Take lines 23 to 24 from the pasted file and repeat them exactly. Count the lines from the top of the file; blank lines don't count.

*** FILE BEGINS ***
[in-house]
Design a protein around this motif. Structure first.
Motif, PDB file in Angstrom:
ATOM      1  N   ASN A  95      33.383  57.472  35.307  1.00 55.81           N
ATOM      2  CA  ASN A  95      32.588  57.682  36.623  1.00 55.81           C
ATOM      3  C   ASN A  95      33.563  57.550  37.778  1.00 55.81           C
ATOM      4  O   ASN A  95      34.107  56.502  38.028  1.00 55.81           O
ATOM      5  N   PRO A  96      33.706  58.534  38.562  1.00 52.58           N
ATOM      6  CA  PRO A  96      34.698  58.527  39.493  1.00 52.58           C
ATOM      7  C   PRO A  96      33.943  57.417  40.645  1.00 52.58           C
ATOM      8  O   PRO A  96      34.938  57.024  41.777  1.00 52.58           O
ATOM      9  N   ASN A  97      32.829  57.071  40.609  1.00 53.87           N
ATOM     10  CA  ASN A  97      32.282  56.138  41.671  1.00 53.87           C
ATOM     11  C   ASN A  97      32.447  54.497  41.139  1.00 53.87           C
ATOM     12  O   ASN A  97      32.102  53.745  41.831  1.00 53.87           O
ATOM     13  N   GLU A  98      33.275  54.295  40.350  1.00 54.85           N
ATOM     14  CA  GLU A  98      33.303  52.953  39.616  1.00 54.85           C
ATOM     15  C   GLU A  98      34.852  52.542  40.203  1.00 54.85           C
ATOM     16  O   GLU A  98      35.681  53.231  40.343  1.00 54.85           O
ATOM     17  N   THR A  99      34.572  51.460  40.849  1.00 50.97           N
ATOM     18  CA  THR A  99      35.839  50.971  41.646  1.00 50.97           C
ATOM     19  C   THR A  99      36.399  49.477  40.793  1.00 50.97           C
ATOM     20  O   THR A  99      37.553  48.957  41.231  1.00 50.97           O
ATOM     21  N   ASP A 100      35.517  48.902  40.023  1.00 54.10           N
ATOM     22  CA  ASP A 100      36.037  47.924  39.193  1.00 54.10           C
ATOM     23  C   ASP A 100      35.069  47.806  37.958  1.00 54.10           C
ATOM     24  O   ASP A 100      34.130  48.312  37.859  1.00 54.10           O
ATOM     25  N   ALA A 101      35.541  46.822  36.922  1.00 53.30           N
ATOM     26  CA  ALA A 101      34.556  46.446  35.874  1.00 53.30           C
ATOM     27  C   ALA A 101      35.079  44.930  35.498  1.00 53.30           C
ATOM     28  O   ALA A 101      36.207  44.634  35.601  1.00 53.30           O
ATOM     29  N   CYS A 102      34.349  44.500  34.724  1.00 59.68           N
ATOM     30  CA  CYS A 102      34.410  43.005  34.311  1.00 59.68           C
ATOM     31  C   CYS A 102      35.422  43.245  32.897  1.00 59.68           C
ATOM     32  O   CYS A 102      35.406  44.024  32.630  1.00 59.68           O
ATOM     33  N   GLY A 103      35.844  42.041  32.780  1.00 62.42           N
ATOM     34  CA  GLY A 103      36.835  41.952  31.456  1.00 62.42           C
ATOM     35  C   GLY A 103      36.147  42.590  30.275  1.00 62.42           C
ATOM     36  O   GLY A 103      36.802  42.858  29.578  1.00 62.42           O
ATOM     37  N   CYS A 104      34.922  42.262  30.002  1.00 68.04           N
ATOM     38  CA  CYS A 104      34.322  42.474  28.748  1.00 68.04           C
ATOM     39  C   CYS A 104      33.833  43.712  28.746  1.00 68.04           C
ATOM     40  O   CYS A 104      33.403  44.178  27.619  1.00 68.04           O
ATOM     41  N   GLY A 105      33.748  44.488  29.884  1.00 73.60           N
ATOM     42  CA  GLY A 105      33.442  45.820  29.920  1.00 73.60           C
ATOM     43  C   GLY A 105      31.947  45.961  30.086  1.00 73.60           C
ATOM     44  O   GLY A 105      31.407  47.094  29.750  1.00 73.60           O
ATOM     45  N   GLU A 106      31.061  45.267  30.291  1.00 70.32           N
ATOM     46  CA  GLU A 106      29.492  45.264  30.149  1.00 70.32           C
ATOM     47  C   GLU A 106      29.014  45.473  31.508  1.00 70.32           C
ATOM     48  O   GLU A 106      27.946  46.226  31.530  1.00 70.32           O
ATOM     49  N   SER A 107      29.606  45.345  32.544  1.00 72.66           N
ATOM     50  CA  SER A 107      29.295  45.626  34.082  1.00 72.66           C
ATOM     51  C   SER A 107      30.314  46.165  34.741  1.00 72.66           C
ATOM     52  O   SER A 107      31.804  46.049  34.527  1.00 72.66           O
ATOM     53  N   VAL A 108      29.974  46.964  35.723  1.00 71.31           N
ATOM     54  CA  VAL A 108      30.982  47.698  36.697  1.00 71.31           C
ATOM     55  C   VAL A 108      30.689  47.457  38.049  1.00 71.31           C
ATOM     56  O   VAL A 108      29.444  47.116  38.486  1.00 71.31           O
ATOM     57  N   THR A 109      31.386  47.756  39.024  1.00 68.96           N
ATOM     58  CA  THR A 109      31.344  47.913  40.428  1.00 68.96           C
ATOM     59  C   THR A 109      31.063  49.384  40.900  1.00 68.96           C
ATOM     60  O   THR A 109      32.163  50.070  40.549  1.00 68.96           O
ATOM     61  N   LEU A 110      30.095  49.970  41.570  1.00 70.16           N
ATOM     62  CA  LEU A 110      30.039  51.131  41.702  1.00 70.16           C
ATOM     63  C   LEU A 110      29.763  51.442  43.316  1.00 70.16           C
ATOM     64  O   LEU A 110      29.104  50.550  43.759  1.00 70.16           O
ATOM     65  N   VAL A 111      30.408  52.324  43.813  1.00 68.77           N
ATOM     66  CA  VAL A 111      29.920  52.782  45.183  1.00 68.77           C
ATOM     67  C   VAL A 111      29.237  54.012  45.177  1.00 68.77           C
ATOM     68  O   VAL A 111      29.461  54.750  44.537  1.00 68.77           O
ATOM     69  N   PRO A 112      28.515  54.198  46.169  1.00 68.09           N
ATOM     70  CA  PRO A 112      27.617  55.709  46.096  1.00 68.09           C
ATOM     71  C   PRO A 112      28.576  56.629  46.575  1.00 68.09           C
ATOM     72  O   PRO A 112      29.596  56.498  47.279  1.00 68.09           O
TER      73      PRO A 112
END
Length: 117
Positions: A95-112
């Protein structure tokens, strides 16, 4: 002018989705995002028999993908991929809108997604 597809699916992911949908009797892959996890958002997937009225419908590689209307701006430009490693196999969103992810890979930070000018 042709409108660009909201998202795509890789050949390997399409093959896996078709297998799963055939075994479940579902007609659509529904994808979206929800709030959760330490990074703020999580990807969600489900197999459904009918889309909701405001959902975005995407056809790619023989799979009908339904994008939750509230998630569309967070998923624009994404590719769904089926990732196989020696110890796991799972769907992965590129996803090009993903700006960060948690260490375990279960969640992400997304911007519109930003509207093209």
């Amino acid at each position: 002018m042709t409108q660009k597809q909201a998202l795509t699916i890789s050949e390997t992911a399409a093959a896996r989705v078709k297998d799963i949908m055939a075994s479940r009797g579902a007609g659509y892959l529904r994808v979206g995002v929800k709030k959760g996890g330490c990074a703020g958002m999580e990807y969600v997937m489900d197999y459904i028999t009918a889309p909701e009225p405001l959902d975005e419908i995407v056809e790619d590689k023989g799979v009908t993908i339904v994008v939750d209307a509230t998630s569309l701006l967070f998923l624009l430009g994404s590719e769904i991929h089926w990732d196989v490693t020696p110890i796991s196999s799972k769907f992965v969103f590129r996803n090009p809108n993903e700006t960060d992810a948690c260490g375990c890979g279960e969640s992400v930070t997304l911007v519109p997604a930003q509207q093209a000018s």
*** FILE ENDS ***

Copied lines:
ATOM     20  O   THR A  99      37.553  48.957  41.231  1.00 50.97           O
ATOM     21  N   ASP A 100      35.517  48.902  40.023  1.00 54.10           N